Edmonton Oilers Trade Rumors kick in as Team Struggles

Edmonton Oilers Trade Rumors kick in as Team Struggles 2016 images

Edmonton Oilers Trade Rumors kick in as Team Struggles 2016 images

The Edmonton Oilers entered the 2016/17 season a couple months ago with a little bit of hype. Connor McDavid was entering his 2nd season healthy, the Oilers had a new building, they had an improved supporting cast behind their star player, and the Oilers were looking great as far as pre-season results went. Edmonton’s fan base does, in fact, have things to be happy about this season, however, the truth with the Oilers is starting to become clear: they are a slightly-improved team compared to recent seasons and yet they still aren’t all that good. Playing in the Pacific Division, which has yet to see a bright light emerge, may be what saves the Oilers but I think they’d be smart to start working on deals.

Edmonton entered Thursday as the 12th-best team in the NHL from the averaged-out point of view of the NHL pundits that have input into the Super 16. Dan Rosen, describing the poor side of Edmonton, stated that “Rookie forward Jesse Puljujarvi has clearly struggled to gain the trust of coach Todd McLellan.” Puljujarvi was a player I identified as overrated heading into the season. There was something overly optimistic to me about promoting an 18-year old teenager from Finland’s Liiga to the NHL with any expectation that he could do anything except play on the fourth line. The decision to give the Finn meaningful minutes was a flag in my mind.

The Oilers entered Thursday with an even straight-up record at 14-14 (i.e. 14-10-4), and they came out on the bad side of .500 if you go by straight wins and losses. Edmonton, despite a two-goal third-period lead against the Philadelphia Flyers dropped the game 6-5. That they are still in first place in the Pacific Division is a reflection of two things. Firstly, the Oilers have played three more games than second-placed San Jose. Secondly, the Pacific Division just isn’t that good as a whole. The former point might see Edmonton drop down in the standings. The latter point may make the Oilers relevant in the post-season picture yet.

However, Edmonton look particularly vulnerable to a slide in the weeks ahead. Remember, this is a team that was 7-1 straight-up out of the starting gates. Since then they’ve gone just 7-14 while Calgary and Los Angeles, besides San Jose and Anaheim, are starting to play better. If you put stock in recent trends as the ones most likely to continue then you might see Edmonton sink down to 5th in the division sooner than later. That could lead to an unraveling in Edmonton and guess who is going to take the blame for that?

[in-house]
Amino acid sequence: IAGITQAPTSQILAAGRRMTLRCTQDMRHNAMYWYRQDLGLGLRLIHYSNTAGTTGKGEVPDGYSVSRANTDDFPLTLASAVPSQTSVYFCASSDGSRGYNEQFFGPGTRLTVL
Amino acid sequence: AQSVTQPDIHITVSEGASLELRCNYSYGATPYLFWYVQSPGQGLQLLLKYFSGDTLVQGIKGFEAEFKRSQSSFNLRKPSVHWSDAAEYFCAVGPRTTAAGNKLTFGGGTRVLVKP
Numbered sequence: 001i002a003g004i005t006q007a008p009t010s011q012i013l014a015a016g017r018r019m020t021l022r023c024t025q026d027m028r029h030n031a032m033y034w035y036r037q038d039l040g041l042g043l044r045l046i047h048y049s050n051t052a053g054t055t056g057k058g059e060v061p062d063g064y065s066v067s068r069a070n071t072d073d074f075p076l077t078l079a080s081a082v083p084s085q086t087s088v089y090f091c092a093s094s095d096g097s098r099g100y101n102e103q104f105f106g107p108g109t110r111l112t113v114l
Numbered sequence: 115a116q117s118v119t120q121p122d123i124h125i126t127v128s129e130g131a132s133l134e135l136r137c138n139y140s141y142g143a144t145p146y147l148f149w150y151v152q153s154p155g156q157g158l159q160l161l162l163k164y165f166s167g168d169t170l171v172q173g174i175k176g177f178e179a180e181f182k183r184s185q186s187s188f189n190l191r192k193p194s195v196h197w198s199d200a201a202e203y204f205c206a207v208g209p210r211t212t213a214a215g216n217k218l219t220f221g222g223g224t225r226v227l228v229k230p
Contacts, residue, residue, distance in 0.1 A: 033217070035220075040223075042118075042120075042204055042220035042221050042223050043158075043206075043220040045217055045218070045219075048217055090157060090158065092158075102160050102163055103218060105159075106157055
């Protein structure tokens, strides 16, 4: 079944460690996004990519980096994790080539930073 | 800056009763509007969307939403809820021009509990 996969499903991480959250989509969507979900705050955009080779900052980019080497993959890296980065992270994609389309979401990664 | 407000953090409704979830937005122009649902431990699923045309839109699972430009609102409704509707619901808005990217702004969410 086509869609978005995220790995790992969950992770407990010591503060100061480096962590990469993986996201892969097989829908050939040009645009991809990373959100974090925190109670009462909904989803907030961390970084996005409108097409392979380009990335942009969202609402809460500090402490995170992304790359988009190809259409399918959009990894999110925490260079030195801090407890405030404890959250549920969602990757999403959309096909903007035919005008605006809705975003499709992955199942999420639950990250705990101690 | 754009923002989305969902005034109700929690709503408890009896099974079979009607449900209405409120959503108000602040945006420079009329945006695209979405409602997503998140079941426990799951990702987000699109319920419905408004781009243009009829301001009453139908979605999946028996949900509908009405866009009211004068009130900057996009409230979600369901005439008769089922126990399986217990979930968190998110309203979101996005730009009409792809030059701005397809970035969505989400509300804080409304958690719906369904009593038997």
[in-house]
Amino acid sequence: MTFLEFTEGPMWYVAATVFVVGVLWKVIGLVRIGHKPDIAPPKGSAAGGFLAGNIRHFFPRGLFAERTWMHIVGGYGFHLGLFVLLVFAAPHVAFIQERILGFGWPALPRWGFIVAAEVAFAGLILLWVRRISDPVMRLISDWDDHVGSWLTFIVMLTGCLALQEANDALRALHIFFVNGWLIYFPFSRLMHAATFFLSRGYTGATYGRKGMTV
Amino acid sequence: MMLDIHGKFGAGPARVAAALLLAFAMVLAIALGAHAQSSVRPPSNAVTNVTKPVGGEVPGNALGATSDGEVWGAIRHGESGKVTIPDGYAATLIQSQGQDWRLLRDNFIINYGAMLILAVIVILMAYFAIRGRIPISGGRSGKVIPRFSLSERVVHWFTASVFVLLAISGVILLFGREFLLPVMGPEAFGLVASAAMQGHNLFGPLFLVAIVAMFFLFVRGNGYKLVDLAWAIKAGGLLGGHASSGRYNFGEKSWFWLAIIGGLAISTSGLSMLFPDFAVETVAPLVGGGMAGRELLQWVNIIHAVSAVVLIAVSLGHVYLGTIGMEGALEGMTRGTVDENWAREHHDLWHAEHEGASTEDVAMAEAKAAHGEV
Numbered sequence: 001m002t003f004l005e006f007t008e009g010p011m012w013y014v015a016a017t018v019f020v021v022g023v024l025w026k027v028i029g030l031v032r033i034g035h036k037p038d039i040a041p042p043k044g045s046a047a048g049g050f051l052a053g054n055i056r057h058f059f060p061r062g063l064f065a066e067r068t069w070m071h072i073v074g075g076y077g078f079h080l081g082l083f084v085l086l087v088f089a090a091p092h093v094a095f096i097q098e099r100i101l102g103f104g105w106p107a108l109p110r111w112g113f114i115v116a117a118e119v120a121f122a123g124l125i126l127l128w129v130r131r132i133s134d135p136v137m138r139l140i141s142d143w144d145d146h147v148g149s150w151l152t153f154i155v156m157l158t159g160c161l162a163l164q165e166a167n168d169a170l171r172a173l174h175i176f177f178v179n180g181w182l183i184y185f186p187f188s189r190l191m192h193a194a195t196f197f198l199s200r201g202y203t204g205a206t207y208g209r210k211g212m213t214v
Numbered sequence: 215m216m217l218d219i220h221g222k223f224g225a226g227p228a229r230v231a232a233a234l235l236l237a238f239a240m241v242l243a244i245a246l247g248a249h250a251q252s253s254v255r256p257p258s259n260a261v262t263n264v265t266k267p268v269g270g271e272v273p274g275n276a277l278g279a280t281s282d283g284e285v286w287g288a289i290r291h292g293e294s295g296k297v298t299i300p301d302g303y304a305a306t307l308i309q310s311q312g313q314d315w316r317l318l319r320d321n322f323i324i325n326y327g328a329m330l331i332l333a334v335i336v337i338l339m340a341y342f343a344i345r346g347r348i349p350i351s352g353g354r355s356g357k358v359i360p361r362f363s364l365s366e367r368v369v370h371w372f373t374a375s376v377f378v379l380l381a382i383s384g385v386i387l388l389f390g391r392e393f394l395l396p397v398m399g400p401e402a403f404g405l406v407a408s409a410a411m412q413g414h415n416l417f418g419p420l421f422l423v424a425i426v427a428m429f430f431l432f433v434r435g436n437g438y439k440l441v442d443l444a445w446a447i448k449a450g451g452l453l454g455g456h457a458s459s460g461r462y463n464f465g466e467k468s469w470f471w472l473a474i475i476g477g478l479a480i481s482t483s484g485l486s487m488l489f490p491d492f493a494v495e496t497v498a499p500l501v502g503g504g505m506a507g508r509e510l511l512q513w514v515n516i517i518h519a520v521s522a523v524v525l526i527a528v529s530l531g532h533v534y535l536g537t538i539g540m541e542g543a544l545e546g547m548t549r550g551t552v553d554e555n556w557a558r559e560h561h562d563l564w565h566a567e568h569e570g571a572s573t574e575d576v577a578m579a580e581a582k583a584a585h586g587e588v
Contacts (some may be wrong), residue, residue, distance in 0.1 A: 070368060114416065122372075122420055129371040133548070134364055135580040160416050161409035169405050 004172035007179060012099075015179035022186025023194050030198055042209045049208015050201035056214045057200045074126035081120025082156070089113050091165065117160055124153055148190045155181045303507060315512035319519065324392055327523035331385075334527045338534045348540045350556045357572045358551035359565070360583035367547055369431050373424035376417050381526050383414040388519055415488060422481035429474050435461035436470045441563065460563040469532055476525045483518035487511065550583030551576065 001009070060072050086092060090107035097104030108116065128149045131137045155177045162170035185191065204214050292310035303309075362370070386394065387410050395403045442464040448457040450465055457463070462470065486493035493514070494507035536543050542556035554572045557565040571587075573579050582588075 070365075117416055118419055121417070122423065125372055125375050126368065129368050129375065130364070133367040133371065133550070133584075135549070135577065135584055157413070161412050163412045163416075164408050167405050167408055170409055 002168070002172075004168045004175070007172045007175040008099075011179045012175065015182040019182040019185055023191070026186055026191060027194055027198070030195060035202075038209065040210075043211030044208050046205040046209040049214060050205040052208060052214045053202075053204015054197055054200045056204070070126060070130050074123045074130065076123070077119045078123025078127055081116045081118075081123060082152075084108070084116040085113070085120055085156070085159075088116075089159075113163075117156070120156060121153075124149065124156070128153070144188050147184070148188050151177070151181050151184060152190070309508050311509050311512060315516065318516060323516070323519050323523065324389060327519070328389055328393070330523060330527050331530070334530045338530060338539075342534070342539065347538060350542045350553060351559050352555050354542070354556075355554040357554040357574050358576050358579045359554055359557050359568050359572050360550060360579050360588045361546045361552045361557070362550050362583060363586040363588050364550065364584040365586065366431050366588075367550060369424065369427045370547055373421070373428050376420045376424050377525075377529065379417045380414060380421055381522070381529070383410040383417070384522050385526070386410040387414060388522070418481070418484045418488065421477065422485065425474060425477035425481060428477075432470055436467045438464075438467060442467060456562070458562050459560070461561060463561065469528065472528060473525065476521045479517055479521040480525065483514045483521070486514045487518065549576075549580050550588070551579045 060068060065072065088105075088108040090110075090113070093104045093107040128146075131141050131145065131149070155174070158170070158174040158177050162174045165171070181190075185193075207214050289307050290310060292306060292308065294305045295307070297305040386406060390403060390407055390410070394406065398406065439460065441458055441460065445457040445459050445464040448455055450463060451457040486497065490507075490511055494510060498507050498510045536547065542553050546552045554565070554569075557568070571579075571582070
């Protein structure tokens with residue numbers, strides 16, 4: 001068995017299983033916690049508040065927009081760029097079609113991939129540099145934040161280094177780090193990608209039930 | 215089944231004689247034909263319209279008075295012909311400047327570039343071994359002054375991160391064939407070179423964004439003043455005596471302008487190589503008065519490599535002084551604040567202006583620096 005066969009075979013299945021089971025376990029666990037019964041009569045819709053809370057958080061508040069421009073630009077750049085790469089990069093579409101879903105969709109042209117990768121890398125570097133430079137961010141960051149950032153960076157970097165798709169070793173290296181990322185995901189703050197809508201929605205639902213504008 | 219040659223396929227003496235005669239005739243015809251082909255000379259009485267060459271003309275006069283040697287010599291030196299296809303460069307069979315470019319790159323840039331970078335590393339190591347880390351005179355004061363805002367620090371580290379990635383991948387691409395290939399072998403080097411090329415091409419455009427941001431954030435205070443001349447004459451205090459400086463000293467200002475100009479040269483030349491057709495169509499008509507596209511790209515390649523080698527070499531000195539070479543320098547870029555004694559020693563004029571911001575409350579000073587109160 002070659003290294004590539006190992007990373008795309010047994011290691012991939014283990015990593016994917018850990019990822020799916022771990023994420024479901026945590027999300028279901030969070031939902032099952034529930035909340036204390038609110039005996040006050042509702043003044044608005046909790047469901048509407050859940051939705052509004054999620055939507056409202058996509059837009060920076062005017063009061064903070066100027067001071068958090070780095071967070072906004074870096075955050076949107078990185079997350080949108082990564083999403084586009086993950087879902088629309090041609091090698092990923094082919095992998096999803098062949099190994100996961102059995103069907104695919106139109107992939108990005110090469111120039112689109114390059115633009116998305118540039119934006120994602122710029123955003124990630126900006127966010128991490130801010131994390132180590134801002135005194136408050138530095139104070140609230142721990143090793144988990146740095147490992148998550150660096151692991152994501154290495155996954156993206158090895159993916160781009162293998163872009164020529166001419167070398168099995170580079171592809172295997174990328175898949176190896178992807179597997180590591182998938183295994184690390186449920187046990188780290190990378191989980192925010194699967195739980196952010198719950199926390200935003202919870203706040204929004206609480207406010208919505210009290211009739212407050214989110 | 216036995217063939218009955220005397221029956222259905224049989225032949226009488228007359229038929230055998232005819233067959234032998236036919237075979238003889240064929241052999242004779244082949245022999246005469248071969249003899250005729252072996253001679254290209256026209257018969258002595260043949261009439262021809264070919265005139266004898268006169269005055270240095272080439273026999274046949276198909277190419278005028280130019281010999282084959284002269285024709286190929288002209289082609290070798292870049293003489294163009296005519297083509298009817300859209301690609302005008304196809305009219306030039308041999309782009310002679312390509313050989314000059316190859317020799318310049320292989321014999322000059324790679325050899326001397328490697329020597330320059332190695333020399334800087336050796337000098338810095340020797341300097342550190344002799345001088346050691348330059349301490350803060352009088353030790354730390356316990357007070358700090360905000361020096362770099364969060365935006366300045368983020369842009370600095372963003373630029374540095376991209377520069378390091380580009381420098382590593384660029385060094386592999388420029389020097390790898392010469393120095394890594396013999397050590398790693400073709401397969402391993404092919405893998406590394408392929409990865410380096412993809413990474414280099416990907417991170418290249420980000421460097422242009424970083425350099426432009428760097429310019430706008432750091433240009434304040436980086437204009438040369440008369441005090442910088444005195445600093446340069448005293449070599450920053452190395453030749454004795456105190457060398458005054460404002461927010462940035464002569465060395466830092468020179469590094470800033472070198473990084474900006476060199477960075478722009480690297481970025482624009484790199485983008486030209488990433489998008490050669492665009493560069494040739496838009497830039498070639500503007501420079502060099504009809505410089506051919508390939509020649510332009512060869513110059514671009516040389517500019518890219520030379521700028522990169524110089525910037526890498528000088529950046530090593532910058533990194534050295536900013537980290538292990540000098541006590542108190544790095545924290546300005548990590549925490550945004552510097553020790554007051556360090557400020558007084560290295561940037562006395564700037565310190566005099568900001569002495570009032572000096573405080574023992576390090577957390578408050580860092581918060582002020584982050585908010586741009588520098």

Here’s some hints. Not teenager and leading scorer Connor McDavid with his league-leading 36 points on the season. Not 21-year old and overachieving Leon Draisaitl with 22 points on the season. After that, I see an underachiever in Ryan Nugent-Hopkins. He’s less than a half-point per game on the season thus far, and he went -3 with no goals or assists in Thursday’s loss. The Oilers could definitely use some better defense. Cam Talbot’s .914 save percentage and 2.60 GAA isn’t cutting it either.

If Edmonton management was going to shop around, then Nuge and Puljujarvi for a defenseman might work. Nuge was in the trade gossip back in the summer and, I don’t know, maybe that hurt his feelings or something. #TradeNuge is a little bit of a thing on Twitter, and both he and Puljujarvi are entirely marketable to a rebuilding franchise. A solid defenseman or even just a better back-up goalie might be what Edmonton needs to limit their goals against.

All I know for sure is what I learned about Edmonton in the thirty years I lived there. If the Oilers settle into a .333 straight-up winning percentage (last 21 games) for much longer, then the cold winters are going to make the locals grumpier than normal. They might be used to losing hockey teams, but this was supposed to be the season that things turned around after all the futility. It’s certainly not too late, but something has to change, or else Edmontonians will settle on either GM Peter Chiarelli or coach Todd McLellan as arch-enemy number one, depending on who is better able to deflect attention away from himself.

If you think the horses are there, then McLellan is the problem as the jockey. If you don’t think the horses are there or if them running slow isn’t McLellan’s fault then Chiarelli needs to go get some different ones. The honeymoon is over for any new face in E-town, and the pressure is on to tally some wins before the Christmas break in my view.